He also put forward a constitutional referendum, which has been repeatedly postponed, that is clearly unconstitutional. The 1987 Constitution defines how it should be amended, so by trying to rewrite it, Moïse went the unconstitutional way.
By the time Moïse was killed, Haiti was left with his legacy of weak institutions, massive corruption and the lack of elections and renewal of the political class. After Moïse’s assassination the situation worsened further, because now there was no president and no functioning judiciary and legislative body. We had, and continue to have, a full-blown constitutional crisis.
Ariel Henry, the current acting prime minister, clearly has no mandate. Moïse selected him as the next prime minister two days before he was killed and didn’t even leave a signed nomination letter.
What has the Montana Group proposed as a way out of this crisis?
The Montana Group formed in early 2021 out of the realisation that civil society must get involved because political actors could not find a solution to Haiti’s problems. A forum of civil society then put together a commission that worked for six months creating dialogue and trying to build consensus by speaking to all political actors, as well as to civil society organisations. As a result of all this input, we came up with a draft agreement that was finalised and signed by almost a thousand organisations and citizens: the Montana Accord.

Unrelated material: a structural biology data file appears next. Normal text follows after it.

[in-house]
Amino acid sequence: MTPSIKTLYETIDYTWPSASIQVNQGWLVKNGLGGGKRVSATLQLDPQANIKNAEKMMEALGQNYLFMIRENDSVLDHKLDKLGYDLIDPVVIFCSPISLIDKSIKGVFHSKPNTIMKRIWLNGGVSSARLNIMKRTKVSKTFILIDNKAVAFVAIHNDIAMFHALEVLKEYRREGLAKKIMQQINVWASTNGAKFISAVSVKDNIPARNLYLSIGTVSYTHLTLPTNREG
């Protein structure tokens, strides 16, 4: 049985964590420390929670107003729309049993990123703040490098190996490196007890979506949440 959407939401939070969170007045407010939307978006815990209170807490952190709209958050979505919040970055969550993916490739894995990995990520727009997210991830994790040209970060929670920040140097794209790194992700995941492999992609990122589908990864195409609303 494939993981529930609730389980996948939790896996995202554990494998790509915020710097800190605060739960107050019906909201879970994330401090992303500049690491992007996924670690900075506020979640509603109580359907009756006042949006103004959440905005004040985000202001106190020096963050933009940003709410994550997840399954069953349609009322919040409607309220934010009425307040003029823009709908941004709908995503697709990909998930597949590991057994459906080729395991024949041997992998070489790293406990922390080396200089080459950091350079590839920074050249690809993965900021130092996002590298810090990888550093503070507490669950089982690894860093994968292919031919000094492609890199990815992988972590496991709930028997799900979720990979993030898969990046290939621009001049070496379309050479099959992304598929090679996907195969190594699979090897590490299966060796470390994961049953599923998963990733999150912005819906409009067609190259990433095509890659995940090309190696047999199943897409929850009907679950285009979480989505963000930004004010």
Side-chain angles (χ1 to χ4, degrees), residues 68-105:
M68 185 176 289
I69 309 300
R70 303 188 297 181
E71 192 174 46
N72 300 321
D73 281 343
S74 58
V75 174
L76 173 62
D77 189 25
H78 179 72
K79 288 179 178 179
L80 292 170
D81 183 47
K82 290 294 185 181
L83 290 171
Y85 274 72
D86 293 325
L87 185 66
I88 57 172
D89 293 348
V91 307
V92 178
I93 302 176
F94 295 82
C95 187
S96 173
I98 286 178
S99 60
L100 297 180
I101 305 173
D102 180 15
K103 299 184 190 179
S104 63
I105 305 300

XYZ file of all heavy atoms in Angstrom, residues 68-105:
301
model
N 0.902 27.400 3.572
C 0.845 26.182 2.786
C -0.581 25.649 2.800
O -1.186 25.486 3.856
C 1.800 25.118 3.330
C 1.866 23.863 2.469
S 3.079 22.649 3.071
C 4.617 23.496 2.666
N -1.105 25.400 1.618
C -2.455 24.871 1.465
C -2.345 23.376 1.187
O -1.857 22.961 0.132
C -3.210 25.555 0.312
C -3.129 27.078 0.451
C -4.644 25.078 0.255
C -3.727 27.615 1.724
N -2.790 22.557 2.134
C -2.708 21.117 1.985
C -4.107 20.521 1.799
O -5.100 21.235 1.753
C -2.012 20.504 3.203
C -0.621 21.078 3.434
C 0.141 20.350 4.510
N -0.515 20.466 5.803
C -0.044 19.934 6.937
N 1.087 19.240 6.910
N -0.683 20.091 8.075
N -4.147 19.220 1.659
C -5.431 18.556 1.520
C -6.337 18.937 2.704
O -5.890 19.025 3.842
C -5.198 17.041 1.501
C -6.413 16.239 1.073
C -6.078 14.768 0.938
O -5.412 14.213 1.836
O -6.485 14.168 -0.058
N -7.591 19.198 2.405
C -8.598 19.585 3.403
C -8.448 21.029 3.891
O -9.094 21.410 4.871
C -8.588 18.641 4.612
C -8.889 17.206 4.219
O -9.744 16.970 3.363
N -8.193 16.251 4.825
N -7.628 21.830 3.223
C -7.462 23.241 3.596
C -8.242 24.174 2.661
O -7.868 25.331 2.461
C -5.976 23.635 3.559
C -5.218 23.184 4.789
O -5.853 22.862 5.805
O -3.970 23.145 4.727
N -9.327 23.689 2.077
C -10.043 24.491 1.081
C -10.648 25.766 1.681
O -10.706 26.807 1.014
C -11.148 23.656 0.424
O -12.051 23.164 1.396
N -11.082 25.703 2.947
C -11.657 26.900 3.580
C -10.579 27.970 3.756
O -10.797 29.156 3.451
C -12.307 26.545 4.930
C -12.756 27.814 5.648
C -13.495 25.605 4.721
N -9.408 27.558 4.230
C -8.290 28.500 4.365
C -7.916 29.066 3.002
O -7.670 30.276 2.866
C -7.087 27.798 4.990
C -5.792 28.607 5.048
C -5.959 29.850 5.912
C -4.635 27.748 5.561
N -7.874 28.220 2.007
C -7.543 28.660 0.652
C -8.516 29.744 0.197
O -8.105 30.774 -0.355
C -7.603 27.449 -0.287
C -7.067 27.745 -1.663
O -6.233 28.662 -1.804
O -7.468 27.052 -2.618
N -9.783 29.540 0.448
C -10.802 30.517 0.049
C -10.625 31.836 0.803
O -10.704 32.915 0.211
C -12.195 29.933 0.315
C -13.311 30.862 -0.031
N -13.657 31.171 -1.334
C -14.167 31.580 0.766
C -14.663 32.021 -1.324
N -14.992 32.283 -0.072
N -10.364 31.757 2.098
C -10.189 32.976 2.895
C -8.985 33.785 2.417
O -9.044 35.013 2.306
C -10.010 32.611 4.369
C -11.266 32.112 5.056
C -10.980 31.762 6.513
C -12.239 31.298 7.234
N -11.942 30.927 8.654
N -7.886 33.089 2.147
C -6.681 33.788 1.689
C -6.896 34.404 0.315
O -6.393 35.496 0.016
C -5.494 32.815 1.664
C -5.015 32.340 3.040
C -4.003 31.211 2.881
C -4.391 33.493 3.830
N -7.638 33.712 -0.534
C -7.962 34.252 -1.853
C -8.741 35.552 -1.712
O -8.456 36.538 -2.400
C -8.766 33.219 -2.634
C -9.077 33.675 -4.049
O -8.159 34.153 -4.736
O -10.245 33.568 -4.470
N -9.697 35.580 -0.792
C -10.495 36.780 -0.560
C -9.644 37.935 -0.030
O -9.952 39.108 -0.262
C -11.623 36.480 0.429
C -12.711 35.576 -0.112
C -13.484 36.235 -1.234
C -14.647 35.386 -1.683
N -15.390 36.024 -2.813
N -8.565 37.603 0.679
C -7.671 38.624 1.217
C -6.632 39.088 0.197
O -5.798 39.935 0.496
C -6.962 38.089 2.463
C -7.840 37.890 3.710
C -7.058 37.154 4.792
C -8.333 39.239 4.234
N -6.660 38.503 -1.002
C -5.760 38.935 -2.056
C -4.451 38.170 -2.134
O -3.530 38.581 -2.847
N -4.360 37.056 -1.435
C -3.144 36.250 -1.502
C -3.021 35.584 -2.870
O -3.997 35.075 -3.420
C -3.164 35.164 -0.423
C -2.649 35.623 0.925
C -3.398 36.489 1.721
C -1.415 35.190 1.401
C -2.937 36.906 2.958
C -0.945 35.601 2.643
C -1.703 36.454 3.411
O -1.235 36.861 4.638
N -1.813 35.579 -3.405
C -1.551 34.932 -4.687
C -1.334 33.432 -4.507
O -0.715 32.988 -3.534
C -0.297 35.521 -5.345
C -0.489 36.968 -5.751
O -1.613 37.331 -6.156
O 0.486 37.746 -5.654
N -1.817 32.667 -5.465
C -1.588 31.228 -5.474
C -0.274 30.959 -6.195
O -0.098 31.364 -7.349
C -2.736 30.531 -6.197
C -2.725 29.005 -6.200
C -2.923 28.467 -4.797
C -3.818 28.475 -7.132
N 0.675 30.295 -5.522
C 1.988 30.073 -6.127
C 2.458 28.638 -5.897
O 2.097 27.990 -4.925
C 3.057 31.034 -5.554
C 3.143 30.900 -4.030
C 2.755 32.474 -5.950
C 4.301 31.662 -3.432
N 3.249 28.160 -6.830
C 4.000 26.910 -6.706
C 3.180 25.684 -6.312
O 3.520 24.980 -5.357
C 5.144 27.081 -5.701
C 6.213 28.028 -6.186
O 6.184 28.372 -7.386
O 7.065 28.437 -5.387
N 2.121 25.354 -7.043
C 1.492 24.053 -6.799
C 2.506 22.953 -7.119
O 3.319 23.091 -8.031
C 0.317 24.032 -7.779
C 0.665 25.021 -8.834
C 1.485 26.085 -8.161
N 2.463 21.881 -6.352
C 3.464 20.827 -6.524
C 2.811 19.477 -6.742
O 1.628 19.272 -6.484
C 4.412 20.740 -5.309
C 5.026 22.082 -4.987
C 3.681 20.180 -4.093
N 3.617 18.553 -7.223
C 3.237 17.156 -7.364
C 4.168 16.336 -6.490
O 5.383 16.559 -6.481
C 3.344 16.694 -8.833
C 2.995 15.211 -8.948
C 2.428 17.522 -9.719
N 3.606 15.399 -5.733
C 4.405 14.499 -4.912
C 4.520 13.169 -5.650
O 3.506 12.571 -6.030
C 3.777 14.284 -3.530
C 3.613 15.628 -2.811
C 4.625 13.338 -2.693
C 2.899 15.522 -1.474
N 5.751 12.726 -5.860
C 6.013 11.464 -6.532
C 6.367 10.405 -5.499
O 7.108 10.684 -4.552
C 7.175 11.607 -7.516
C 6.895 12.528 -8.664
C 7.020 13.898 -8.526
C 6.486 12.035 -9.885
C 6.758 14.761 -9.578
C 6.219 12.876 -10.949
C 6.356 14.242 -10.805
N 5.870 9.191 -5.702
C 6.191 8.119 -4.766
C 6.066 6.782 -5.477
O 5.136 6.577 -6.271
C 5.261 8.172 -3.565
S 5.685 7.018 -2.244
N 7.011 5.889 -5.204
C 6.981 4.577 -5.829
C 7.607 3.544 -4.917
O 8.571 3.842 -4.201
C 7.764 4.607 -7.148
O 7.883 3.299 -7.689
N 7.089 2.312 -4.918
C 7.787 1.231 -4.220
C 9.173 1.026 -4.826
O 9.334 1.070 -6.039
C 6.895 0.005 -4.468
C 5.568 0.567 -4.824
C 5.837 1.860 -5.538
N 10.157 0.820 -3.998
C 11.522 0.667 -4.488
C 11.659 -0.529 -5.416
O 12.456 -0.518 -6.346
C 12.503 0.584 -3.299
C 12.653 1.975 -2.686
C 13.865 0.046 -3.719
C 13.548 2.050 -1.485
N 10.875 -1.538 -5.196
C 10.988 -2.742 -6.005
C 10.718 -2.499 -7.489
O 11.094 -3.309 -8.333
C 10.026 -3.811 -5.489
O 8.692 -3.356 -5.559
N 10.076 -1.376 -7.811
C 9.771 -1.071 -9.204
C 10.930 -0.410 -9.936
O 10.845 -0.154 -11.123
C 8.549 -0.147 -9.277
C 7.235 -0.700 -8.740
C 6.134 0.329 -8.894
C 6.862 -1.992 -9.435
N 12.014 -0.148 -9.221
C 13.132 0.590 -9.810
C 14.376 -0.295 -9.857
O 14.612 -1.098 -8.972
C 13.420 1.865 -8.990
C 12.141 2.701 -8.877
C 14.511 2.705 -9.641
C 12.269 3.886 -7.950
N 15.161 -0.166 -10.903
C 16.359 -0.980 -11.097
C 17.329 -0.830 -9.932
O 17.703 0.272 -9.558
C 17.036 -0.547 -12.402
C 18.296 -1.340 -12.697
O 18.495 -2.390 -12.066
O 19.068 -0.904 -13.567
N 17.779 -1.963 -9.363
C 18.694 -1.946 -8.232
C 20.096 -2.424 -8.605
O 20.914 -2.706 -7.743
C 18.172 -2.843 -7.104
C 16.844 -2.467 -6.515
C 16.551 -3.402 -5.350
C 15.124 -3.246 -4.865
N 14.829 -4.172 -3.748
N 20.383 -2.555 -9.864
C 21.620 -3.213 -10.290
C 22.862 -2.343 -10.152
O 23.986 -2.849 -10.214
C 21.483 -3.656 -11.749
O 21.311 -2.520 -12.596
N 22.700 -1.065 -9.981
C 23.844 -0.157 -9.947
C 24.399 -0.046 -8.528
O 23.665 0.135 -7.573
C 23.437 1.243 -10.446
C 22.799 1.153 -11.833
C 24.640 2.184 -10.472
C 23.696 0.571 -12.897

We put together a two-part plan: a governance plan and a social justice and humanitarian roadmap, which was signed as part of the agreement. To get consensus with wider participation, we proposed the creation of a checks and balances body that would carry out the role of the legislative branch and also an interim judiciary during the transition. Once Haiti can have transparent elections, there would be a proper elected legislative body and the government could go through the constitutional process to name the high-level judiciary body, the Supreme Court. That is the governance that we’ve envisioned for the transition, one that is closer to the spirit of the Haitian Constitution.